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Q My income just went down. Is it OK if I stop tithing until things get back on track?

A The short answer is no—and let me share why with three powerful principles from God’s Word that have guided our family through times of financial uncertainty. I think they'll be a blessing to you too.  

  1. Keep giving God your very best. We need to remember that everything we have belongs to God and should be used to further his kingdom. Treasure Principle author Randy Alcorn acknowledges it's easy to rationalize giving less, but compares that temptation to robbing six convenience stores last year and then hoping by God's grace to rob only three this year. The point, he says, is not to rob God less, but to not rob him at all. It's better to live on 90 percent or less of your income inside the will of God, Alcorn reminds us, than to live on 100 percent of your income outside of it.
  2. Praise God for what you do have. The Bible offers a new way of looking at things that's radically different from what we see and hear in the news. Barnabas Foundation conference speaker Mark Vincent recently pointed out that a biblical perspective moves us from a "scarcity" mentality to an "abundance" mentality. That means we can find joy in difficult times by counting the many blessings we do have, rather than fixing our minds on what we may not have or might not be able to get. The Bible is full of examples of people who lived with an "abundance" mentality, such as the widow of Zarephath in 1 Kings 17. Although she had very little, she gave what she had, trusting God to provide for her in the future. One very practical tool that has helped me develop an abundance mentality is a website called It will give you an immediate picture of how your abundance compares with the rest of the world.
  3. Replace fear with focus. The fear of the unknown is a powerful force in our lives and makes us want to protect ourselves financially and withhold from God. This is a natural reaction, but it can be toxic to our walk with God. As Pastor Andy Stanley pointed out in his book Fields of Gold, believers need to develop an attitude in which "God's voice is louder than the soundtrack of 'what-ifs' in our lives." To do that, we need to ask God to help us replace our fears with a focus on "the kingdom of God and his righteousness," boldly trusting Jesus that as we follow him with our finances, "all these things will be given to [us] as well" (Matt. 6:33) and he will "increase [our] store of seed and will enlarge the harvest of [our] righteousness" (2 Cor. 9:10).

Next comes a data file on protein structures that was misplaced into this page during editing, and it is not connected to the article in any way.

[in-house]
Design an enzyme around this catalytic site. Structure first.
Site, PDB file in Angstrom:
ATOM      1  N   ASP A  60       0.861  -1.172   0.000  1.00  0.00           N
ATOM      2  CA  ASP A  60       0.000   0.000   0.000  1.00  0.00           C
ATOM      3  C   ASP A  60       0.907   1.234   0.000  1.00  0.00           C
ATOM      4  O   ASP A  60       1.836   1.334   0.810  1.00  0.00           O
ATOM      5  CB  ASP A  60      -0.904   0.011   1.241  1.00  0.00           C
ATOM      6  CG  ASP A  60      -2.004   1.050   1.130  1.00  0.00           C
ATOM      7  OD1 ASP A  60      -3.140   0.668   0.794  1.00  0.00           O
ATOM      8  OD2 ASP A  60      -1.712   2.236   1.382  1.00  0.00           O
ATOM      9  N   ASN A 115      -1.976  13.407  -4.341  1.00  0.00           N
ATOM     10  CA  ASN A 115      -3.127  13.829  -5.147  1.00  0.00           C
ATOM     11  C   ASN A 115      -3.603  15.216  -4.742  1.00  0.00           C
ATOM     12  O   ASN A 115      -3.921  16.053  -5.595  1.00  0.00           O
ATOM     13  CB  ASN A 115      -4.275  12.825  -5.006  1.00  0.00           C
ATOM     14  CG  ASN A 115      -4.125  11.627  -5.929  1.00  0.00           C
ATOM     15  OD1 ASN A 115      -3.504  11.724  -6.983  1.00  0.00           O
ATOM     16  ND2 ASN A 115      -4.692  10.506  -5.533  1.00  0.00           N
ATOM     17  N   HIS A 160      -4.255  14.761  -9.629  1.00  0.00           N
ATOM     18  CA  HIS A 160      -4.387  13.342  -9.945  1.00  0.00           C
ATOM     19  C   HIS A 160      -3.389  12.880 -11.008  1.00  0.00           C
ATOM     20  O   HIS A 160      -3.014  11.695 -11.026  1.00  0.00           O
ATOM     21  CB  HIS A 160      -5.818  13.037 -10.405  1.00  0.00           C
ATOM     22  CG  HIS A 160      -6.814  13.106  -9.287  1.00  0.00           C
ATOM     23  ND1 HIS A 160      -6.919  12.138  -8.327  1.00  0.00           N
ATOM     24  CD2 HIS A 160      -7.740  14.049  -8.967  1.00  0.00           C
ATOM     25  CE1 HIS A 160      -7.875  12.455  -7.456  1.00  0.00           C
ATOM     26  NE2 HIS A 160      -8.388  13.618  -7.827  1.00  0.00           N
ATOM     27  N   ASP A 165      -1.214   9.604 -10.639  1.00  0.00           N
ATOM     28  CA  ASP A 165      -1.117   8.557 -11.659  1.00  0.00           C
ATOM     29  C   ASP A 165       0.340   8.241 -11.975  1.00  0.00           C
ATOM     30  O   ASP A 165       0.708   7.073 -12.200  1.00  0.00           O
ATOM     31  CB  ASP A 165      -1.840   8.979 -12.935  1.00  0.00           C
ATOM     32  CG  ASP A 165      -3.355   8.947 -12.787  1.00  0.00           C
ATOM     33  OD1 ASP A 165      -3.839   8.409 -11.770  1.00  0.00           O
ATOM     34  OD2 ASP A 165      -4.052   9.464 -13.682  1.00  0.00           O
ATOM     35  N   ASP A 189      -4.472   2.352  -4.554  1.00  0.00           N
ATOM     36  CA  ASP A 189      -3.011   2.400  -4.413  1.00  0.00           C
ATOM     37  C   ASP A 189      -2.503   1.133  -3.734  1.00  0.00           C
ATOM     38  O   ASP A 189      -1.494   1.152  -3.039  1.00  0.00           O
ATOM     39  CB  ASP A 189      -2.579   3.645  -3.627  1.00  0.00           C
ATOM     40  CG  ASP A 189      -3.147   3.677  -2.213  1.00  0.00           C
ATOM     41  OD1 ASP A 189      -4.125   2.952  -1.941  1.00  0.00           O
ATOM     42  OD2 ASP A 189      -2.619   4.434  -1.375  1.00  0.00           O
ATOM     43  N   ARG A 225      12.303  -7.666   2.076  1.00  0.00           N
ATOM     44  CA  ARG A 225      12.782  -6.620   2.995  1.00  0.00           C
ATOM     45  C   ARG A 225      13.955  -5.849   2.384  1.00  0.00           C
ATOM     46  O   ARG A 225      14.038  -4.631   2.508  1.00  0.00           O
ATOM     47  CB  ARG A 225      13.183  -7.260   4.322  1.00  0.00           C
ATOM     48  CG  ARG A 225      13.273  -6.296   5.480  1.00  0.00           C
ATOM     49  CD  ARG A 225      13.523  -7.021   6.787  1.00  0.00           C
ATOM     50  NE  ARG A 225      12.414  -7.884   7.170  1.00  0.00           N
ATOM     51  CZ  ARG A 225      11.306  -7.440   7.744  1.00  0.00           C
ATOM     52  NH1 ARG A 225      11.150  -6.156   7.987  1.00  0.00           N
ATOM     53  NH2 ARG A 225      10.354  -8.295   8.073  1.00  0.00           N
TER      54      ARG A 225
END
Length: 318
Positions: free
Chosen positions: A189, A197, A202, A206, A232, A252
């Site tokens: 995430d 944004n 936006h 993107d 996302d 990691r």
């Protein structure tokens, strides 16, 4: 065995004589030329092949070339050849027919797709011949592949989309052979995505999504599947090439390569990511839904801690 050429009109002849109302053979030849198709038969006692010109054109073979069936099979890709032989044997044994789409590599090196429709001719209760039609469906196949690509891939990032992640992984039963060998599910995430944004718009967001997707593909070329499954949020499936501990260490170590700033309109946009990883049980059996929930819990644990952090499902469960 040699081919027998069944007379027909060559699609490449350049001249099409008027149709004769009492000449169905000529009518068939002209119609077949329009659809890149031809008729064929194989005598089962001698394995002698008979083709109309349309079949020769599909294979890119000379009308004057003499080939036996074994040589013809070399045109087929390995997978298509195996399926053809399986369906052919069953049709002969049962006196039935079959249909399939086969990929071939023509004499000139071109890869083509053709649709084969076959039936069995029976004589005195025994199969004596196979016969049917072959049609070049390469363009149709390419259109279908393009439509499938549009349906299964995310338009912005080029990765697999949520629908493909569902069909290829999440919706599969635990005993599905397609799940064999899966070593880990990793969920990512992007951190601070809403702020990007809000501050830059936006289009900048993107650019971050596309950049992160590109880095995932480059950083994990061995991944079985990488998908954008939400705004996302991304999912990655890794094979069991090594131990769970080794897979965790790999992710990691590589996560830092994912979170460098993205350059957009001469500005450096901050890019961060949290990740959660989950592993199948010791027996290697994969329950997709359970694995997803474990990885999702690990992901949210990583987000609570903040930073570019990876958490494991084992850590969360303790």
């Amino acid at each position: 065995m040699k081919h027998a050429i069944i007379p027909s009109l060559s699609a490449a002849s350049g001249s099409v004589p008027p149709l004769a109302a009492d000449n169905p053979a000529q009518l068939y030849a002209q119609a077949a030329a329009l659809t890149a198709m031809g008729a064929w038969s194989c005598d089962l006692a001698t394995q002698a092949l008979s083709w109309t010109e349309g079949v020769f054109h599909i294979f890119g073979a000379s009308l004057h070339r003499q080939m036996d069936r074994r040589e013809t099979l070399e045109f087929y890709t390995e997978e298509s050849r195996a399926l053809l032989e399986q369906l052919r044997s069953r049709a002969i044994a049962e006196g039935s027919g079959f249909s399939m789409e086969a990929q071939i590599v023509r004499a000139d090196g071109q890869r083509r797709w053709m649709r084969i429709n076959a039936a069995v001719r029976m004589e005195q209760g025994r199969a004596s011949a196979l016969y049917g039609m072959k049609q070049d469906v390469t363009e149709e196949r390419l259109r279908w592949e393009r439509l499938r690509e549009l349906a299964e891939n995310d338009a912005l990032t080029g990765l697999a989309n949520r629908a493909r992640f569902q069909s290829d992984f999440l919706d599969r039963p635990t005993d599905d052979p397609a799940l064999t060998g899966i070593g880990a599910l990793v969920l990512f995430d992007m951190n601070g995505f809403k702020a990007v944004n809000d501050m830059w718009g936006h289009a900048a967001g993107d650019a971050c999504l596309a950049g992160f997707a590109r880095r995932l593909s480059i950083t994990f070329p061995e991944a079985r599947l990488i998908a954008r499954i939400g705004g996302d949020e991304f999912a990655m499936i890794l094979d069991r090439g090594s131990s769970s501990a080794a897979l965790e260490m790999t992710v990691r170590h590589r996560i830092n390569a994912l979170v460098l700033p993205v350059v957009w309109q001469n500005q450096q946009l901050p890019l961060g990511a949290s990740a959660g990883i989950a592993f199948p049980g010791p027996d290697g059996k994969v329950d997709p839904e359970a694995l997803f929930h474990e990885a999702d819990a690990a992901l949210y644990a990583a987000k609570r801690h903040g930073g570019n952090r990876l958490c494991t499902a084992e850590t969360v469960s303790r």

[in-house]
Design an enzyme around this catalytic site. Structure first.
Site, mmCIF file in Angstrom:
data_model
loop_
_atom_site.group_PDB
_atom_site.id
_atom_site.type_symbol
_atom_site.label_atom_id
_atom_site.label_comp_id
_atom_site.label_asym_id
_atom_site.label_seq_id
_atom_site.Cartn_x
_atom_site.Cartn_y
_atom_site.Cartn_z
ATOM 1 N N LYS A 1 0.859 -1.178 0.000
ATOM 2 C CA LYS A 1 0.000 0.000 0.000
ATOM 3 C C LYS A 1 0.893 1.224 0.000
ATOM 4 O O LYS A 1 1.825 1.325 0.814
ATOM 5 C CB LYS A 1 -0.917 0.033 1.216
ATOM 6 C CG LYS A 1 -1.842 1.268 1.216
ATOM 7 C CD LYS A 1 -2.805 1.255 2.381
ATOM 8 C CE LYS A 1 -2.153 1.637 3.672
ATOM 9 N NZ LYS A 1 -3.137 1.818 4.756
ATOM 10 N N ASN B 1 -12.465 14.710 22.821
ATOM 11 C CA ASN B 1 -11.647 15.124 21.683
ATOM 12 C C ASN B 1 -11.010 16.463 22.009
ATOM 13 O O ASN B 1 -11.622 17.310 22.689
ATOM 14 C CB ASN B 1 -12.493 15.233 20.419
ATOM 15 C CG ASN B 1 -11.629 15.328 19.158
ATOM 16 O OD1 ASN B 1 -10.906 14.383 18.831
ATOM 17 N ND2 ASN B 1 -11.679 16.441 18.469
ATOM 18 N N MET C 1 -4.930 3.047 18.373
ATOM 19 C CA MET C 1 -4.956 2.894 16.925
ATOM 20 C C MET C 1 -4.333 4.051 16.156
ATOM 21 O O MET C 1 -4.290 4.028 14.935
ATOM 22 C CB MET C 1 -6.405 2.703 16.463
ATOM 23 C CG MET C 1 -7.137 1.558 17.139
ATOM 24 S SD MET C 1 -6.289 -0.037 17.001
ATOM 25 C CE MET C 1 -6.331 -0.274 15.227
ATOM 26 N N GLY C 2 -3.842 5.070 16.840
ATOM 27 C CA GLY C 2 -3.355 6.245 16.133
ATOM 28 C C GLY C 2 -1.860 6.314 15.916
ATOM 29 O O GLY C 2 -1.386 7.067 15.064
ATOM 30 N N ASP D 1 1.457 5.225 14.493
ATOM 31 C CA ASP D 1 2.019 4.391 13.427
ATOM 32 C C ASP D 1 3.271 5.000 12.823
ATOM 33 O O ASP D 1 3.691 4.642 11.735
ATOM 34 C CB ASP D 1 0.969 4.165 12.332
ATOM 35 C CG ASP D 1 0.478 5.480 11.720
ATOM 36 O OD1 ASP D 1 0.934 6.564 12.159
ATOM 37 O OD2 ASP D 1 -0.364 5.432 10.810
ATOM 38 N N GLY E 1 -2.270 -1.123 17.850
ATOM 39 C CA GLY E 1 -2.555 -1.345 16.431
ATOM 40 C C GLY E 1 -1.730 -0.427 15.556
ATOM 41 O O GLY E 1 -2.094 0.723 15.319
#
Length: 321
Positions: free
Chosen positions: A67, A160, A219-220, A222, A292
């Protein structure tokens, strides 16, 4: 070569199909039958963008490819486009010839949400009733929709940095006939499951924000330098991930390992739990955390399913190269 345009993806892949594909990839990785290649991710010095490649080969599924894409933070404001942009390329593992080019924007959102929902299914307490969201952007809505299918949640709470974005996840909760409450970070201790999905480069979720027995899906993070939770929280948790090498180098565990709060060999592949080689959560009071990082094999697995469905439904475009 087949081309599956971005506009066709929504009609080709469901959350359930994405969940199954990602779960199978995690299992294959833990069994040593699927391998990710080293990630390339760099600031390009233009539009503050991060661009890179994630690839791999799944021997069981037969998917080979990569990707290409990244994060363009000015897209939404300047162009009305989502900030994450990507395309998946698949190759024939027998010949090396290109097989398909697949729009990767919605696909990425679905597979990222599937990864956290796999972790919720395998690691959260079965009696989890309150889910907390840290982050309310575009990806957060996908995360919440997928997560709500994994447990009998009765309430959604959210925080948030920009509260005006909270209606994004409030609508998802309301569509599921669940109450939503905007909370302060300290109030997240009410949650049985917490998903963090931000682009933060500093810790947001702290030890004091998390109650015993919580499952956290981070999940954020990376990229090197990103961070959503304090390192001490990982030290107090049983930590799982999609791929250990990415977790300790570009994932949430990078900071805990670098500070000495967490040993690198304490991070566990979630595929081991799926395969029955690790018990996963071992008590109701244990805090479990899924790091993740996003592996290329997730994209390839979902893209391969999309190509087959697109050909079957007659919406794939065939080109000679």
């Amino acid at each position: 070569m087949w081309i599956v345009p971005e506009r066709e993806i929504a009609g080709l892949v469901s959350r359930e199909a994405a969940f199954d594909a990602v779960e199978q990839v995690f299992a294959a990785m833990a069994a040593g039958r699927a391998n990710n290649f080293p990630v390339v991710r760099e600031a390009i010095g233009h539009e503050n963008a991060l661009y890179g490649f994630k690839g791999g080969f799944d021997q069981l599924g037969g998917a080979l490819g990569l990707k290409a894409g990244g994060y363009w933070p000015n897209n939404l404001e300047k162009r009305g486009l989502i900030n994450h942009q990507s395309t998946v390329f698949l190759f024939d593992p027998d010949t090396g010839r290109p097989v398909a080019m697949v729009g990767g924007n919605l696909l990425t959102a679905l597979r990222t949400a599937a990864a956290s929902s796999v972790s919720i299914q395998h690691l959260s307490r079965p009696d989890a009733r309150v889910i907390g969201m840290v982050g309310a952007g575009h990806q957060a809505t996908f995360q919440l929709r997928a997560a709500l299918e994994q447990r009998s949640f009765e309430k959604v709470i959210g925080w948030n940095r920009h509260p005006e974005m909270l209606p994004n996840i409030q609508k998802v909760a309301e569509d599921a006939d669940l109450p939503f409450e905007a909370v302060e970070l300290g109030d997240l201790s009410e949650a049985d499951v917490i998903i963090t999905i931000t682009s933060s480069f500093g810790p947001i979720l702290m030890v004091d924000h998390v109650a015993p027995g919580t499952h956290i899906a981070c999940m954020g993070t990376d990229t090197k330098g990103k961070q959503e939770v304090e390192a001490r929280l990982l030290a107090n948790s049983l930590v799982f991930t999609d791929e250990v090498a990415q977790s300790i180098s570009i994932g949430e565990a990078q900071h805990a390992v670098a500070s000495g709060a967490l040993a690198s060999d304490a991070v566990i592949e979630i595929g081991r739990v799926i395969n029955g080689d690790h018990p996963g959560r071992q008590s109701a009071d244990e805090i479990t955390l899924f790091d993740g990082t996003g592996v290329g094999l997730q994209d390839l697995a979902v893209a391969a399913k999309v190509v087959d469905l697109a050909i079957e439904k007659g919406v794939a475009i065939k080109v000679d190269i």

—Mike Buwalda

Mike Buwalda serves as a stewardship consultant for the Barnabas Foundation (


Q Why should I care about the environment when the mission of the church is to share the gospel with the world?

A The gospel message is threefold: ­creation, fall, and redemption. God ­created the world and saw that it was good, human sin caused a break between humanity and God, and Jesus came to redeem that relationship through his death and resurrection.

So where does creation care fit into all of this? First of all, God created the world, and it was good (Gen.1-2). Psalm 104 beautifully illustrates how God sustains his creation daily. And Psalm 19:1 says that the heavens declare the glory of God. So God created and sustains creation, and in turn creation points us toward God. That in itself is reason to work to keep the world healthy.

But there's more to the story. Adam and Eve disobeyed God and the ground is cursed because of it (Gen. 3:17). The land mourns and is destroyed because of our sin (read Rom. 8, Hosea 4, Jer. 12, and Isa. 24) This is where the hope of the gospel breaks through. Jesus came to "to reconcile to himself all things"—not just humanity but "all things" (read Col.1:15-20).

When we care for God's beloved creation, we are walking as disciples of the One who created the world and declared it good, sustains it daily, and redeemed it by his blood on the cross. And when we ensure that the water is clean, the air is not polluted, and the land is healthy, we are better able to do as Jesus commanded us when he said to love God with all our hearts and to love our neighbors as ourselves. After all, what kind of love can we show when the water we extend to the thirsty is polluted and the land that is to grow food to feed the hungry is destroyed because of our greed?

—Cindy Verbeek

Cindy Verbeek is the church and community group liaison for A Rocha Canada—Christians in Conservation and an active member of Houston Christian Reformed Church, British Columbia. For more ideas contact her at

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